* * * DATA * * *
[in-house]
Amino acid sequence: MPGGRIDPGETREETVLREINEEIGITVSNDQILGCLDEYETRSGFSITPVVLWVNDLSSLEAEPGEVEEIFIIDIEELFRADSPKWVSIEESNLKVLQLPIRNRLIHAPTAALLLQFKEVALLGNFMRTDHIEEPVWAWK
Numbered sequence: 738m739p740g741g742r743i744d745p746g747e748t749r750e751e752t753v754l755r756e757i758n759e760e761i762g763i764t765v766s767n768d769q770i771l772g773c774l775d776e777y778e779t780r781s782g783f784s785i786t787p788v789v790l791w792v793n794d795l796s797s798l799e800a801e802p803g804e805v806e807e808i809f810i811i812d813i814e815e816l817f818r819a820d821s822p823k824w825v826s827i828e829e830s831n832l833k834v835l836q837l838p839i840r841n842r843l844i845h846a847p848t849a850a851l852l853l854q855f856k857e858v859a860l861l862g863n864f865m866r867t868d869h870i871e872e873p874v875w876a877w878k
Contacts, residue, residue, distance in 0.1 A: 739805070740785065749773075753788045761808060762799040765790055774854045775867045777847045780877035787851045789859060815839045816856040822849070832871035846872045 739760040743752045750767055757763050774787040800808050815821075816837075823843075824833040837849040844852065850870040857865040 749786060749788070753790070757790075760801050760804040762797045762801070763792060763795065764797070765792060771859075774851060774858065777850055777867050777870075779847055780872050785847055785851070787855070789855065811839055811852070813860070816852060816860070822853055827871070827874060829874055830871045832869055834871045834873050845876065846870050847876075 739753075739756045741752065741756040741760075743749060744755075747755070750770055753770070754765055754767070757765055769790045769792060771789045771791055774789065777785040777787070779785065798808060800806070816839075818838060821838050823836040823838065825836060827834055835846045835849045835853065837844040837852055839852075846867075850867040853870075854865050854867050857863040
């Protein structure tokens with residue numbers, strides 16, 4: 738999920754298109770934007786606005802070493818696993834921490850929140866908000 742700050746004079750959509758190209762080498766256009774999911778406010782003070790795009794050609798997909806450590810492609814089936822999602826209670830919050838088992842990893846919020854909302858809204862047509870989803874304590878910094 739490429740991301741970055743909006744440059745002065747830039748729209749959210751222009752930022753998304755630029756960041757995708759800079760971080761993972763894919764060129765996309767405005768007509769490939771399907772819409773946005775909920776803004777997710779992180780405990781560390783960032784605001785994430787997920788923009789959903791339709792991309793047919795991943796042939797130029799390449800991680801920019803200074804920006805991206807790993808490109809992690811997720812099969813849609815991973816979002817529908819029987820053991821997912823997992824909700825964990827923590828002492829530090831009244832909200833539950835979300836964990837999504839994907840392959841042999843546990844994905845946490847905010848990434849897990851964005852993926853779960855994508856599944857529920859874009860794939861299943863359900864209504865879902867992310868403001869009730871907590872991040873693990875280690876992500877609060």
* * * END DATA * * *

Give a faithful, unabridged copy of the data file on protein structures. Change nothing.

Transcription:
[in-house]
Amino acid sequence: MPGGRIDPGETREETVLREINEEIGITVSNDQILGCLDEYETRSGFSITPVVLWVNDLSSLEAEPGEVEEIFIIDIEELFRADSPKWVSIEESNLKVLQLPIRNRLIHAPTAALLLQFKEVALLGNFMRTDHIEEPVWAWK
Numbered sequence: 738m739p740g741g742r743i744d745p746g747e748t749r750e751e752t753v754l755r756e757i758n759e760e761i762g763i764t765v766s767n768d769q770i771l772g773c774l775d776e777y778e779t780r781s782g783f784s785i786t787p788v789v790l791w792v793n794d795l796s797s798l799e800a801e802p803g804e805v806e807e808i809f810i811i812d813i814e815e816l817f818r819a820d821s822p823k824w825v826s827i828e829e830s831n832l833k834v835l836q837l838p839i840r841n842r843l844i845h846a847p848t849a850a851l852l853l854q855f856k857e858v859a860l861l862g863n864f865m866r867t868d869h870i871e872e873p874v875w876a877w878k
Contacts, residue, residue, distance in 0.1 A: 739805070740785065749773075753788045761808060762799040765790055774854045775867045777847045780877035787851045789859060815839045816856040822849070832871035846872045 739760040743752045750767055757763050774787040800808050815821075816837075823843075824833040837849040844852065850870040857865040 749786060749788070753790070757790075760801050760804040762797045762801070763792060763795065764797070765792060771859075774851060774858065777850055777867050777870075779847055780872050785847055785851070787855070789855065811839055811852070813860070816852060816860070822853055827871070827874060829874055830871045832869055834871045834873050845876065846870050847876075 739753075739756045741752065741756040741760075743749060744755075747755070750770055753770070754765055754767070757765055769790045769792060771789045771791055774789065777785040777787070779785065798808060800806070816839075818838060821838050823836040823838065825836060827834055835846045835849045835853065837844040837852055839852075846867075850867040853870075854865050854867050857863040
């Protein structure tokens with residue numbers, strides 16, 4: 738999920754298109770934007786606005802070493818696993834921490850929140866908000 742700050746004079750959509758190209762080498766256009774999911778406010782003070790795009794050609798997909806450590810492609814089936822999602826209670830919050838088992842990893846919020854909302858809204862047509870989803874304590878910094 739490429740991301741970055743909006744440059745002065747830039748729209749959210751222009752930022753998304755630029756960041757995708759800079760971080761993972763894919764060129765996309767405005768007509769490939771399907772819409773946005775909920776803004777997710779992180780405990781560390783960032784605001785994430787997920788923009789959903791339709792991309793047919795991943796042939797130029799390449800991680801920019803200074804920006805991206807790993808490109809992690811997720812099969813849609815991973816979002817529908819029987820053991821997912823997992824909700825964990827923590828002492829530090831009244832909200833539950835979300836964990837999504839994907840392959841042999843546990844994905845946490847905010848990434849897990851964005852993926853779960855994508856599944857529920859874009860794939861299943863359900864209504865879902867992310868403001869009730871907590872991040873693990875280690876992500877609060």